PHOTO ESSAY: Mindanao nuns shed tears for massacre victims

Nighttime at Surigao del Sur’s Sports Center, site of yet another mass evacuation of thousands of Manobos driven from their homes by brutal anti-insurgency campaigns of the Armed Forces of the Philippines.  The province’s Social Hall may be seen in the background (3rd building from the left).

Nighttime at Surigao del Sur’s Sports Center, site of yet another mass evacuation of thousands of Manobos driven from their homes by brutal anti-insurgency campaigns of the Armed Forces of the Philippines. The province’s Social Hall may be seen in the background (3rd building from the left).

TANDAG, SURIGAO DEL SUR—For a week, this province’s Social Hall had been a funeral parlor for the victims of the massacre in Sitio Han-Ayan, Barangay Diatogon, Lianga town. Beneath its chandeliers—witnesses to many festive events in the past—laid the three mutilated bodies of Alternative Learning Center for Agriculture and Livelihood Development (Alcadev) executive director Emerito Samarca, Malahutayong Pakigbisog Alang Sa Sumusunod (Mapasu) chairperson Dionel Campos and Datu (Chieftain) Juvello Sinzo. Their joint wake was held here for six days and nights after their brazen murder by paramilitary forces last September 1, incidentally the Global Day of Prayer for All Creation as declared by Pope Francis.

Unusual, yet regular, are the banners over coffins of extra-judicial killing victims in Mindanao, mostly lumads who defend their land from mining plunder, demanding justice.

Unusual, yet regular, are the banners over coffins of extra-judicial killing victims in Mindanao, mostly lumads who defend their land from mining plunder, demanding justice.

Their embalmers obviously tried to conceal the paramilitary Magahat-Bagani Forces’ brutal handiwork to accord the victims a dignified appearance. Samarca’s barong collar was pulled up to his chin to hide his slit throat. Campos’ bullet wound on his forehead was skillfully concealed by cosmetics but his grimace remained. All three had absorbent material bulging from under their shirts to hold what bodily fluids may still seep from their wounds.

Usually a venue for festive events, the province’s Social Hall kept the remains of three massacre victims for almost a week.  It would later also host a four-year-old evacuee who would die mere hours after this tribute concluded.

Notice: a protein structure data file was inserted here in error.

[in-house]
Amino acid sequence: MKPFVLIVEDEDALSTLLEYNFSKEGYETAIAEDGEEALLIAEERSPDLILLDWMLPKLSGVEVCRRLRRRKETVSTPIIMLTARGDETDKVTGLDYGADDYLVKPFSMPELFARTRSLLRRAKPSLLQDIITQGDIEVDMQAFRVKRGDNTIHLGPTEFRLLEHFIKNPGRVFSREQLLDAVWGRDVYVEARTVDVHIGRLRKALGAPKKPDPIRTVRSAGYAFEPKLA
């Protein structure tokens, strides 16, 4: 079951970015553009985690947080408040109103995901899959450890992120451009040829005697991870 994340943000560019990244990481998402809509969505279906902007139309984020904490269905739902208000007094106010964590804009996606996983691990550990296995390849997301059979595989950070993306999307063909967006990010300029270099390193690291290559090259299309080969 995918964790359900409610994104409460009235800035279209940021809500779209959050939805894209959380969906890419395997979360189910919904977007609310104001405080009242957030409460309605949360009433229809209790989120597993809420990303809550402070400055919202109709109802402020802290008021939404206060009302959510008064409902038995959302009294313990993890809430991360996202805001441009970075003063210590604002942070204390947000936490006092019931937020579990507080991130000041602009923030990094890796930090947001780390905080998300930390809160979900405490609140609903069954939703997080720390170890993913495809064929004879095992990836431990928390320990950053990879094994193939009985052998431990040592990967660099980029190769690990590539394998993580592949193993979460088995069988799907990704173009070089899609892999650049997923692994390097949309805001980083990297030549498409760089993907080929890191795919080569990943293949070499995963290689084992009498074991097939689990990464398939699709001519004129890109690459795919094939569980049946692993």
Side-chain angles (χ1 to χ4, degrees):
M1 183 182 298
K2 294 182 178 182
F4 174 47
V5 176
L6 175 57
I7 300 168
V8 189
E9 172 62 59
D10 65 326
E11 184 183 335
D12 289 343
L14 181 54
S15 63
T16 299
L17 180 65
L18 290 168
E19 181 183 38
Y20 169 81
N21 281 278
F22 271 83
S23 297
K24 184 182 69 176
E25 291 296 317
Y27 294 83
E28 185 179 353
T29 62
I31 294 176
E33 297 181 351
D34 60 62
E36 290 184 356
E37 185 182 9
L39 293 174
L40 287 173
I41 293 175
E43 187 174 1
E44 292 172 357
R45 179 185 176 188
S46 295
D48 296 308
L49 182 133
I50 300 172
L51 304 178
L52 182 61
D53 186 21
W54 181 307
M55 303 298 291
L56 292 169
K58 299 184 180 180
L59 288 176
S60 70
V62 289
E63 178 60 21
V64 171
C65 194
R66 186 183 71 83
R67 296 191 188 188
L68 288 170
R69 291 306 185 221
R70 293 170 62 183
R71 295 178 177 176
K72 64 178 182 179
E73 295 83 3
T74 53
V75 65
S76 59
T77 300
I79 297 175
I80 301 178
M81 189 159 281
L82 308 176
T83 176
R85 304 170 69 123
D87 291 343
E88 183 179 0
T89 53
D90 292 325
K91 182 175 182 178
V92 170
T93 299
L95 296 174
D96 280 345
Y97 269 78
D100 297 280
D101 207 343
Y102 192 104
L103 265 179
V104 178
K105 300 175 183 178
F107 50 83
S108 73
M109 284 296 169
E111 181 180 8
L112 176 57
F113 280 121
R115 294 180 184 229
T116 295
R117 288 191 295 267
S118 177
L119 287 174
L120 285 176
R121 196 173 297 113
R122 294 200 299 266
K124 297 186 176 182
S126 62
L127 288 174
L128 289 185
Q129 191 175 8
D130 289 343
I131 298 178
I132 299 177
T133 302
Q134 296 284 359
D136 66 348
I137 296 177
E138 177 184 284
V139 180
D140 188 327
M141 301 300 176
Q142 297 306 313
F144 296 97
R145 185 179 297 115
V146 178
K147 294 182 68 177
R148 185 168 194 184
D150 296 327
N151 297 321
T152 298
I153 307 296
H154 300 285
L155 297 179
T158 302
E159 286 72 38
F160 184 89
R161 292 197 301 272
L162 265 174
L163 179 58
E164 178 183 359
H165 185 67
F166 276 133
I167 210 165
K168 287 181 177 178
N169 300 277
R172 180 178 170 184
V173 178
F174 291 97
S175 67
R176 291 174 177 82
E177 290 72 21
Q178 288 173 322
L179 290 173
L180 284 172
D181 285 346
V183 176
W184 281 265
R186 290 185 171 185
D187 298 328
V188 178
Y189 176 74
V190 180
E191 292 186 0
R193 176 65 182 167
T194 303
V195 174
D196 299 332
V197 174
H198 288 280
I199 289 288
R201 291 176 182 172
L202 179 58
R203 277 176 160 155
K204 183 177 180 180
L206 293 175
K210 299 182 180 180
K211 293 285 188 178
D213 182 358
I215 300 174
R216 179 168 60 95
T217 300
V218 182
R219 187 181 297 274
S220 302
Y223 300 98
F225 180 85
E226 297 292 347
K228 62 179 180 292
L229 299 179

Usually a venue for festive events, the province’s Social Hall kept the remains of three massacre victims for almost a week. It would later also host a four-year-old evacuee who would die mere hours after this tribute concluded.

The night of September 7 was the last time that Samarca was to stay at his beloved Surigao del Sur, as his remains was to be brought back to his home province of Agusan del Norte the next day. As the city around them prepared for its annual fiesta, hundreds gave the three victims a funeral tribute. As it drizzled outside the hall tears were being shed inside it.

An Alcadev student portrays how they found their school director Samarca in one of the institution’s rooms after he had been taken by the paramilitary.

An Alcadev student portrays how they found their school director Samarca in one of the institution’s rooms after he had been taken by the paramilitary.

Church people led the tribute that started with an ecumenical prayer. Tandag’s Roman Catholic choir sang beautifully, immediately misting the eyes of many in the crowd. Bishops, priests and pastors were seated nearer the white coffins and participated in the program as speakers. Roman Catholic priest and Alcadev board member Fortunato Estillore talked about how the tribal schools must continue. Iglesia Filipina Independiente Bishop Mervin Elimanco passionately condemned the massacre. United Church of Christ in the Philippines Bishop Modesto Villasanta talked about how the elementary Trifps (Tribal Filipino Program of Surigao del Sur) and the secondary Alcadev schools upheld the Manobo’s dignity through literacy and defense of their ancestral domain.

The children Mapasu chairperson Dionel Campos orphaned.

The children Mapasu chairperson Dionel Campos orphaned.